a government agency is raising serious concerns about fracking and its impact on drinking water. ahead, why the epa is taking a tougher stance than ever before on the controversial practice. and we invite you to subscribe to our "cbs this morning" podcast on itunes and apple podcast app. today, we have a special episodes with retired cbs correspondent bill plante. he describes his 52-year career. in his own words from interview martin luther king jr. and president obama. we'll be right back. listen, sugar, we're lettin' you go. it's that splenda naturals gal, isn't it? coffee: look, she's sweet, she's got natural stevia, no bitter aftertaste, and zero calories. all the partners agree? even iced tea? especially iced tea. goodbye, sugar. hello, new splenda naturals.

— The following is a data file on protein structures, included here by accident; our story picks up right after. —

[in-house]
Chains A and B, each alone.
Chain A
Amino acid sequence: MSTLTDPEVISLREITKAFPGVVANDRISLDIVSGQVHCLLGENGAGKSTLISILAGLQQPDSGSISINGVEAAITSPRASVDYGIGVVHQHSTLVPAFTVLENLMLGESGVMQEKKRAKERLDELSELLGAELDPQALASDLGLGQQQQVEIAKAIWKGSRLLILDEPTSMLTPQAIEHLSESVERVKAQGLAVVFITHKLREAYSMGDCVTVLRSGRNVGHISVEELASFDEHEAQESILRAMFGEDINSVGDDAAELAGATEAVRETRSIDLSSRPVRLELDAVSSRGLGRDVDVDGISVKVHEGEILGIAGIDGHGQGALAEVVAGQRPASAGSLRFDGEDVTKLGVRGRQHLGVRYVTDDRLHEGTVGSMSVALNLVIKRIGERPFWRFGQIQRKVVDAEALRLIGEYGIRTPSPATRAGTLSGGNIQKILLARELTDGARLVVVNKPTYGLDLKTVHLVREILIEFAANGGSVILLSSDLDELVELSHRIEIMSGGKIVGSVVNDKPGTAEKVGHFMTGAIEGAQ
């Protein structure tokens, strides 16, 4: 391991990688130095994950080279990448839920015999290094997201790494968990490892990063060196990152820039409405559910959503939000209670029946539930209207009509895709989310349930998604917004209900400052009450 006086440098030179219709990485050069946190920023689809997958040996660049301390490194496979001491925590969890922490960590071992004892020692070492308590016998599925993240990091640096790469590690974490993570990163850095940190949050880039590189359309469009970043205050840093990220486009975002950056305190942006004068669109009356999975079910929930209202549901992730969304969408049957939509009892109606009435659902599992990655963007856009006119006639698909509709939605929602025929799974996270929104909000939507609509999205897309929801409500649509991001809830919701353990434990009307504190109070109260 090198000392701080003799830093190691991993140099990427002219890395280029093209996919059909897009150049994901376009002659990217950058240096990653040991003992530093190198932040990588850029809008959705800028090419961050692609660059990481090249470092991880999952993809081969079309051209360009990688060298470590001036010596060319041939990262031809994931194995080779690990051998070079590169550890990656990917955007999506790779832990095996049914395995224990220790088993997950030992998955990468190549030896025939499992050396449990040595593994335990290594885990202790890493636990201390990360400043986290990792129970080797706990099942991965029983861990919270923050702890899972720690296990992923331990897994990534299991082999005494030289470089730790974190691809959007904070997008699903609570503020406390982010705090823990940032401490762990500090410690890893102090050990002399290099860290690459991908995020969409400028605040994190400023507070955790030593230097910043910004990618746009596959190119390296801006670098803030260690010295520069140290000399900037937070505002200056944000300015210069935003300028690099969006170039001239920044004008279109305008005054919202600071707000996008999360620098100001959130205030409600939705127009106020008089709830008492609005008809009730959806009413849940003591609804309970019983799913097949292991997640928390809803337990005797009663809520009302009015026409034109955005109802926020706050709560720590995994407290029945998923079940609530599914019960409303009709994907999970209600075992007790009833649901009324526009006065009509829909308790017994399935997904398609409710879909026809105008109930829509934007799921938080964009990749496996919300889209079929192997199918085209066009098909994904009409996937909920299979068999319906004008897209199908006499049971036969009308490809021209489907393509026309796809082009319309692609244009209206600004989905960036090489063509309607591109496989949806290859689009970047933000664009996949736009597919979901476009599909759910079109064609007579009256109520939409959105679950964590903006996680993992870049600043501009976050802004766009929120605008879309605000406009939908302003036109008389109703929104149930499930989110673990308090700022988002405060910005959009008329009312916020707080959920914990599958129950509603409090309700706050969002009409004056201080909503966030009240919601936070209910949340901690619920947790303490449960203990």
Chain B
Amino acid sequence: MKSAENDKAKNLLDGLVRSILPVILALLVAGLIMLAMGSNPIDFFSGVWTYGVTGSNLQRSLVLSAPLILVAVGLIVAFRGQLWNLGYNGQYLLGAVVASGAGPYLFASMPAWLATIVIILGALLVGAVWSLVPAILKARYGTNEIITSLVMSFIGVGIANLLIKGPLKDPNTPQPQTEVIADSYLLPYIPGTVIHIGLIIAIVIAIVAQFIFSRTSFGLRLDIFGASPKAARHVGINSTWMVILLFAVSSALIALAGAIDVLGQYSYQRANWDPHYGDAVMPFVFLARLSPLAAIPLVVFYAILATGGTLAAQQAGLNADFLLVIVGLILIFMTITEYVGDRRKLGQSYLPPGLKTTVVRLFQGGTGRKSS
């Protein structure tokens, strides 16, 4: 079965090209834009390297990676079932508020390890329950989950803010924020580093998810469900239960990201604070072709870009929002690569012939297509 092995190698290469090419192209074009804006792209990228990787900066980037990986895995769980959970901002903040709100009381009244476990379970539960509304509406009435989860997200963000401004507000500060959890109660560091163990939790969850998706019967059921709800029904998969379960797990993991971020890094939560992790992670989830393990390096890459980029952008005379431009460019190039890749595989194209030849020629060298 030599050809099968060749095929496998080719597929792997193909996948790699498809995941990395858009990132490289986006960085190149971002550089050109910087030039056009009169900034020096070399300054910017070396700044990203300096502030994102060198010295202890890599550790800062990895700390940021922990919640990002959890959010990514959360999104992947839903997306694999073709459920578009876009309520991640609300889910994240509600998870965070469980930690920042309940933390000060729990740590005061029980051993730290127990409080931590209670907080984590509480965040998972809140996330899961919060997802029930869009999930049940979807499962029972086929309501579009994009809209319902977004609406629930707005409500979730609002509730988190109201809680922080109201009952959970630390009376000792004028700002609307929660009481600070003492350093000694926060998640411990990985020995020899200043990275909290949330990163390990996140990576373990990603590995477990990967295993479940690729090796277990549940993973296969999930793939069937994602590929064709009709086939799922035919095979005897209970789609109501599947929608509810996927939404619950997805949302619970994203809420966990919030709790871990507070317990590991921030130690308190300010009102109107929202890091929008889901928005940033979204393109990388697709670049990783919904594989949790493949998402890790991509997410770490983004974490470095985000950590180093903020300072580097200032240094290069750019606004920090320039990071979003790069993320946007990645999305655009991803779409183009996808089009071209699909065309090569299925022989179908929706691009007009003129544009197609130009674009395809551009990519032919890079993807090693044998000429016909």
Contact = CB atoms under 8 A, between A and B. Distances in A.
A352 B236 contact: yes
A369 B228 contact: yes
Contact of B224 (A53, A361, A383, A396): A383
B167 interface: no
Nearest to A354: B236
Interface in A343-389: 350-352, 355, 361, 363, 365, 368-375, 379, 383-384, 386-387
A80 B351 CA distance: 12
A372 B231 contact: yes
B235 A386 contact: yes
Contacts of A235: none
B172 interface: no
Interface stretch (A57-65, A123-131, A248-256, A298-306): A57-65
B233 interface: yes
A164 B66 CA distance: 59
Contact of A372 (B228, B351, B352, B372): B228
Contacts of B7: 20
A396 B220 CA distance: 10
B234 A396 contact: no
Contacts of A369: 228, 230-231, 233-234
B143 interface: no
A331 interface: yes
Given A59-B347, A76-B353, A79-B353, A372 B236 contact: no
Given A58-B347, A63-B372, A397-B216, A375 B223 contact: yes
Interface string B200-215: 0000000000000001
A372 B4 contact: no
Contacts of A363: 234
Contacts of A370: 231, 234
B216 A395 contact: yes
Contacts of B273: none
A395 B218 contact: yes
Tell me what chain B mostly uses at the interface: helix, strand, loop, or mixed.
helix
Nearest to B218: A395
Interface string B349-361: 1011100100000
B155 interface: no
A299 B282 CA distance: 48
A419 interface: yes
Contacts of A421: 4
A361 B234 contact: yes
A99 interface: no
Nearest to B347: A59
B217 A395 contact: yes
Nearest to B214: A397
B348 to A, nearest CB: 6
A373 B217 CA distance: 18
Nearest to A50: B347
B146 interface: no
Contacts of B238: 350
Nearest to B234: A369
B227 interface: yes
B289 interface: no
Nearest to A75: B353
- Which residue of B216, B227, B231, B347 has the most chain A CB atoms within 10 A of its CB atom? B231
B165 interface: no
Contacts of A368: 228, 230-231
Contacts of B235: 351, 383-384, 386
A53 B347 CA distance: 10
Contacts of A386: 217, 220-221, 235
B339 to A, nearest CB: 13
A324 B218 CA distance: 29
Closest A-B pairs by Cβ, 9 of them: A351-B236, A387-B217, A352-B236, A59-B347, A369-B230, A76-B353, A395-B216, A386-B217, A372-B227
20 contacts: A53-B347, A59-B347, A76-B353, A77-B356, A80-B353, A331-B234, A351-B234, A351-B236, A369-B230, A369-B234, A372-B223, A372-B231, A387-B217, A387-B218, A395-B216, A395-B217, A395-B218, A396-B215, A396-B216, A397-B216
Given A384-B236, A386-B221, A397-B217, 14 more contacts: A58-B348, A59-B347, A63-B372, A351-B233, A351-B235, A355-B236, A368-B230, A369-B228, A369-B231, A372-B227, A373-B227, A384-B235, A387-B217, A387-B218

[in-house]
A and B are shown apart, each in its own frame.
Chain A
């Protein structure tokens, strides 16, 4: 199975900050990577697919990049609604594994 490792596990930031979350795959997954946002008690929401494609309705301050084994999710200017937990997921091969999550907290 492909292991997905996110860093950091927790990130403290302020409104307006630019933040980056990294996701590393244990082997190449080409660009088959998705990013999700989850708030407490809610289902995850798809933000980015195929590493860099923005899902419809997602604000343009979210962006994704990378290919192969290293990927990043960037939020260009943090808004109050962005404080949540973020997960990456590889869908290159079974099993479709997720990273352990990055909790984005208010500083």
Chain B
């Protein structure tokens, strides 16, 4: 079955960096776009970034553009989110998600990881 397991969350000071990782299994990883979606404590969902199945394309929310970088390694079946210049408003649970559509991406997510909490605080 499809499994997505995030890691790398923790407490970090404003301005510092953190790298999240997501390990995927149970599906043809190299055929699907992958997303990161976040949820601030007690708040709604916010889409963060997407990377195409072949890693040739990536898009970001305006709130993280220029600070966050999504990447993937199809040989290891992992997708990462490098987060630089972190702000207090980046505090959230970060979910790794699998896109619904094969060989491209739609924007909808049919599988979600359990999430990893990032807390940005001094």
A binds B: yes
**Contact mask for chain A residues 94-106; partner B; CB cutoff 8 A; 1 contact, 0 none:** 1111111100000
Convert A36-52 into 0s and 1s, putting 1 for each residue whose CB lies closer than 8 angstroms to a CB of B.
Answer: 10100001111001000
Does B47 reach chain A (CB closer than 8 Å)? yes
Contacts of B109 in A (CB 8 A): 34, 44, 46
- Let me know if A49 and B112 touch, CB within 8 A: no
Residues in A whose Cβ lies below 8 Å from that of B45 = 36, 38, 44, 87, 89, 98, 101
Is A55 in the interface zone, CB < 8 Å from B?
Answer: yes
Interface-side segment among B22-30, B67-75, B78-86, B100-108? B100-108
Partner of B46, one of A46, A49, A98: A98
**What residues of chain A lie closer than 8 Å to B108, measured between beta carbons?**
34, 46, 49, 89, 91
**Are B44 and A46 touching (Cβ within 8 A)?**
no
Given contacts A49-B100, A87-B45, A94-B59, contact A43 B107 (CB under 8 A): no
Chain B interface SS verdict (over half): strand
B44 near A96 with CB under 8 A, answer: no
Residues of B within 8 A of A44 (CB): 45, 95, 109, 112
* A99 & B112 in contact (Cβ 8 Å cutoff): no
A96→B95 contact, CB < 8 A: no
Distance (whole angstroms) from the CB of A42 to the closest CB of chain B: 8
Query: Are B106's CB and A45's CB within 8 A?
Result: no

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characterize its severity of fracking on drinking waters but it does point to circumstances that can make groundwater vulnerable. it happens in seven zones three of them partially in texas. manuel bojorquez is in the dallas area to show us concerns of residents. >> reporter: good morning, this is elizabeth falconer's home. you may not notice anything about it until you walk into the garage. because this is where the family has installed a $30,000 water filtration system. the reason, falconer said she's had her water tested and it came back with chemical levels higher than the epa recommends. elizabeth falconer says the water in her waterford, texas, home is undrinkable, even with an expensive filter. how often do you have to get water? >> we probably go through two or three a week. >> reporter: after fracking